Date of Degree
PhD (Doctor of Philosophy)
Applied Mathematical and Computational Sciences
Stewart, David E.
First Committee Member
Second Committee Member
Third Committee Member
Fourth Committee Member
We simulate the behavior of a steel ball bearing as it impacts a rigid foundation by solving a discretized version of the dynamic equations of linearized elasticity for a homogeneous, isotropic material. Space is discretized using the finite element method and time is discretized using the implicit trapezoidal method. Impact with a fixed foundation is incorporated into the model using a complementarity condition. This ensures that we have normal forces acting on the bearing only when and where the bearing is in contact with the foundation. After discretization in space, this condition becomes a linear complementarity problem which is solved using an iterative method for solving LCPs that is similar to the Gauss-Seidel method for solving linear systems. The LCP is solved at each time step to determine the normal forces due to contact. By assuming cylindrical symmetry, we are able to simulate the impact of a three-dimensional ball using only two spatial coordinates and two-dimensional finite elements. This decreases the computational cost of a highly refined three-dimensional simulation dramatically. Using this model, we investigate the deformations that occur during and after contact. We hypothesized that dropping a steel ball from even a small height causes plastic deformation. We tested this hypothesis using our model by computing the state of stress inside the ball at various times during the simulation. By comparing the computed maximum shear stress to the yield strength of the material, we can determine if the threshold for plastic deformation is reached. We found that with an impact speed of 2 m/s the stresses induced in the ball are large enough to cause plastic deformation. Because plastic deformation requires energy and is irreversible, it is an important consideration when investigating how high the ball will bounce after contact. To quantify the energy loss due to plastic deformation, we propose a theoretical model capable of describing plastic deformation.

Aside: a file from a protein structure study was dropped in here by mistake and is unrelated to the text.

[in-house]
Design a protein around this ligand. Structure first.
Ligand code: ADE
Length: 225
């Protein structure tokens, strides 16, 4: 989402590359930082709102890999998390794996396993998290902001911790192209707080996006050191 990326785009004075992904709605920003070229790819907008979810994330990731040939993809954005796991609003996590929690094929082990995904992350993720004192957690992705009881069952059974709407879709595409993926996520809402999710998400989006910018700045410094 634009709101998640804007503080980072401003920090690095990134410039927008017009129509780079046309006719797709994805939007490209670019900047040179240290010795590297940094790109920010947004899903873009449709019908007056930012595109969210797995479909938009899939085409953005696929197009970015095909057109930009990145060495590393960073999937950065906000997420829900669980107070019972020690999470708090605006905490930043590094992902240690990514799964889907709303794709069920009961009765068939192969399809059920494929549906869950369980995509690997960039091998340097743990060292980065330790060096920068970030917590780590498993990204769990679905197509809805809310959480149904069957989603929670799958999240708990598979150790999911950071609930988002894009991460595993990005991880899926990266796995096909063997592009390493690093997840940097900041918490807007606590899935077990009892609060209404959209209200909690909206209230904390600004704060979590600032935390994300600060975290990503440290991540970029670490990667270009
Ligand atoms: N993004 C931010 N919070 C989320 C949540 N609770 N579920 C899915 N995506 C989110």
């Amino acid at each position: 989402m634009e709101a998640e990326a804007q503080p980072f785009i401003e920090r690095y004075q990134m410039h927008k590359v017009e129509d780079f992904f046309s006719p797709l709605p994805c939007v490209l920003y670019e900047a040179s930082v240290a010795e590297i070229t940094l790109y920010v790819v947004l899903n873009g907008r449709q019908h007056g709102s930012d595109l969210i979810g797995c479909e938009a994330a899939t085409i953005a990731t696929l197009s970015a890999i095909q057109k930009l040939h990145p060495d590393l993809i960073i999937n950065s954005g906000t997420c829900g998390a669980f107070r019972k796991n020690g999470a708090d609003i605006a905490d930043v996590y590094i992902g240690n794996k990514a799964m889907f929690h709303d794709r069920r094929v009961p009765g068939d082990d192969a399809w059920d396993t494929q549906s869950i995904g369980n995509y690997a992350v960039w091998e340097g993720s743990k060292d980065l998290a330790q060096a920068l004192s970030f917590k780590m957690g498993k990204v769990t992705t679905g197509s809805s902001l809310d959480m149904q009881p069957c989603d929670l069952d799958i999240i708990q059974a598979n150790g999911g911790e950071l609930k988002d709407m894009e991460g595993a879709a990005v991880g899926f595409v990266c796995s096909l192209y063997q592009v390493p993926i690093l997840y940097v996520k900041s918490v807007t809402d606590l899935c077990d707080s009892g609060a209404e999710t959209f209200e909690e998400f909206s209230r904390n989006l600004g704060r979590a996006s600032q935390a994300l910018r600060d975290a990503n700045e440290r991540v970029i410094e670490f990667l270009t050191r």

Can you drop the same ball bearing twice? When a ball bearing impacts a rigid surface, huge forces act on the surface of the ball. These forces prevent the ball from passing through the surface and ultimately cause the ball to change direction. Such collisions are surprisingly violent, even at low speeds. They result in the production of light, heat, sound, elastic vibrations, and possibly plastic deformation. Plastic deformation refers to the permanent change of the shape of the ball in response to forces. The reality of these phenomena explains the fact that a dropped ball can never bounce to the height from which it was dropped. To further investigate this fact, we generated high-resolution simulations of steel ball bearing impacts. Our primary goal was to determine the relative importance of plastic deformation in low speed collisions. These simulations show that a drop from a modest height is enough to permanently deform a steel ball bearing. We present visualizations of the forces acting on and within the ball during impact and compare the results of our simulations with classical investigations of contact mechanics. Our model largely agrees with classical theory and provides further evidence of the usefulness of the predictions made by Hertzian contact theory. Additionally, we provide an estimate of the amount of energy lost to plastic deformation. This estimate and the small amount of vibrational energy observed in our simulations points to plastic deformation as the primary energy sink in low speed steel ball collisions. Further investigations in which complex interactions such as friction and plastic deformation are added to the model are planned for the future.
elasticity, Impact, LCP
viii, 62 pages
Includes bibliographical references (pages 61-62).
Copyright © 2016 Benjamin M. Dill
Dill, Benjamin M.. "Numerical simulation of the impact of a steel ball with a rigid foundation." PhD (Doctor of Philosophy) thesis, University of Iowa, 2016.